Dusting Off the Travel Memories - Part 2

Ireland to Texas, the Circle is Complete

In the most unlikely places, connections can be found linking two cultures, two worlds and two vastly different centuries. Such was the case in a small, village in County Laois, Ireland.

At the edge of Ballybritas, on the back road to Vicarstown, sits the dairy farm of Michael and Brigid Dempsey. It is a quiet, unassuming place which probably wouldn't even garner a passing glance were it not for the thatched cottage sitting on its western edge. Abbeyview Cottage epitomizes everything Irish. Its walled front garden, thatched roof and brightly painted door seem to beckon you in to sit a while and enjoy a cup of tea. Built twenty-four years before Columbus discovered America, Abbeyview Cottage is the oldest, continuously inhabited home in Ireland.

This was the cottage we were to call home for a week at the end of July. This was, by luck or fate, where we found a connection that closed the circle between what it is to be Cowboy and what it was to be Irish. The roots began to intertwine with my first knock upon the Dempseys' front door. "Oh my goodness, Cowboys are you?" queried Brigid Dempsey, her eyes twinkling with delight, as she took in the sight of six road weary Cowboys at her stoop. As she unlocked the door to the cottage, she commented that Jack would have been tickled to know that Cowboys were walking upon his lands. Jack, as we would soon discover, was Jack Adair, who, along with Charles Goodnight, established the JA ranch in the Texas Panhandle, nearly one hundred and thirty years ago.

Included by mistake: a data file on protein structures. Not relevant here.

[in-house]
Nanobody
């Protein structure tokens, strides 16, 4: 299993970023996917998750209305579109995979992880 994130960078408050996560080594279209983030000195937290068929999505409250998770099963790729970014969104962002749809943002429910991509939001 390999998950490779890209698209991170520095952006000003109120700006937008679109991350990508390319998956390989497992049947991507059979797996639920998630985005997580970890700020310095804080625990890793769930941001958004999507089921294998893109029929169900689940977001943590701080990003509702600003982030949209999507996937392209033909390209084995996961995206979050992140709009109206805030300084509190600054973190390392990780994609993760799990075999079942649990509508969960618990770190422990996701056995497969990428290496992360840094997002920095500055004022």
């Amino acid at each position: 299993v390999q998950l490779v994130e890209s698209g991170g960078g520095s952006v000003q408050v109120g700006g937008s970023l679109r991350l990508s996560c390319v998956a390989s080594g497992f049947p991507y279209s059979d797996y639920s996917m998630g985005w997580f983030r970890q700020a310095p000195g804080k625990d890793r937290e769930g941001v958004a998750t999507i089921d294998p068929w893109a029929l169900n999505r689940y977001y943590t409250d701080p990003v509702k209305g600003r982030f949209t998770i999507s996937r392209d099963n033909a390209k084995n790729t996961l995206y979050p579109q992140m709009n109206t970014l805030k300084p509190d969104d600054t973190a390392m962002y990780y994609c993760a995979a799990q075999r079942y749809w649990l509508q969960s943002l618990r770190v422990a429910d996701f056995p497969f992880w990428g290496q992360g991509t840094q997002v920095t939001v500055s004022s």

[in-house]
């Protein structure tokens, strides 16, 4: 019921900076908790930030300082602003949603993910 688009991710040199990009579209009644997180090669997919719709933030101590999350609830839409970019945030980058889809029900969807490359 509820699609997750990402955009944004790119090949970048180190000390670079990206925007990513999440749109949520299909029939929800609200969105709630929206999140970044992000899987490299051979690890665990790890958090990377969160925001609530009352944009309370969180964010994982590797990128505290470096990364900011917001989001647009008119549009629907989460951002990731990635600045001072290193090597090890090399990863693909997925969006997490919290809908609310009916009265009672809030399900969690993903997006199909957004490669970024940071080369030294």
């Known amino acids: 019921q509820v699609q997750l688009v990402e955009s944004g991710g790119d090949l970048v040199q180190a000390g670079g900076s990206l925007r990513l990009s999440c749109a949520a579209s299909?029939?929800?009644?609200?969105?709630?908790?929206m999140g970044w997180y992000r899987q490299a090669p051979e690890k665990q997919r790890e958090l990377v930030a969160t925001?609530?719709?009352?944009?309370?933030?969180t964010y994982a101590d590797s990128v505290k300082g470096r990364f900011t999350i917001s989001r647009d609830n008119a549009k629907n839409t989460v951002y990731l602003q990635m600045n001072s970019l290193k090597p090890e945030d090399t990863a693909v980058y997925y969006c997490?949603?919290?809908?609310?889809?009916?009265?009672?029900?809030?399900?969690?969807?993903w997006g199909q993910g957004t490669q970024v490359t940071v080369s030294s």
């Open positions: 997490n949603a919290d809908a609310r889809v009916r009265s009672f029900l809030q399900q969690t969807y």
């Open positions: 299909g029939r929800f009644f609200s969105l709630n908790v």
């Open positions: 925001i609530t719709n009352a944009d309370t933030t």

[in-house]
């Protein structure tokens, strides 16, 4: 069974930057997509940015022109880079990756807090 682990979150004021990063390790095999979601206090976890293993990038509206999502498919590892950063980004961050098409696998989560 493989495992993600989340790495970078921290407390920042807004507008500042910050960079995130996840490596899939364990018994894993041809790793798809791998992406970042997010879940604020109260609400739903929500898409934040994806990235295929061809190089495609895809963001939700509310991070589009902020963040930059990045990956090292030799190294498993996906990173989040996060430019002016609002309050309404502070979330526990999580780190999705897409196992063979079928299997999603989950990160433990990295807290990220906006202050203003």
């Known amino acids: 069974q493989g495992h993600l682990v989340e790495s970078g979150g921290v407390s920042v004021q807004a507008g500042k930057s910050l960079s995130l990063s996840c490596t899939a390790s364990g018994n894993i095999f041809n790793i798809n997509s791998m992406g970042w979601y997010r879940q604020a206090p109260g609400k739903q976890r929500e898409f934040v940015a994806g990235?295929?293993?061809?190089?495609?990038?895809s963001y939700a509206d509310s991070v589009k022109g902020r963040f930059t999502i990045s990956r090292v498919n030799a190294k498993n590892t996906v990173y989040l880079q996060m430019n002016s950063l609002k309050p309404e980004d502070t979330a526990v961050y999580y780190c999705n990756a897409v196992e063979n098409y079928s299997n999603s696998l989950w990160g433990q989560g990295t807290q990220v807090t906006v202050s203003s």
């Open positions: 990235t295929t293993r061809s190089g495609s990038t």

"What brings you to Ballybritas?" Brigid asked as she showed us the layout of the cottage. When told that we were performers of Western Music and Poetry, she expressed a desire to hear some of our work. We offered to play for them one of the evenings while we were there, which helped to lay the groundwork for a most memorable occurrence.

To the Dempseys' amazement, their cottage guests were up at seven to help bring in the herd for milking. Their new pup, Maxie, was benefiting from the patient training she was receiving on what her job was as a cow dog. B.J. was there at the evening milking, not to observe, but to participate. A friendship grew and once again the roots were being woven tighter.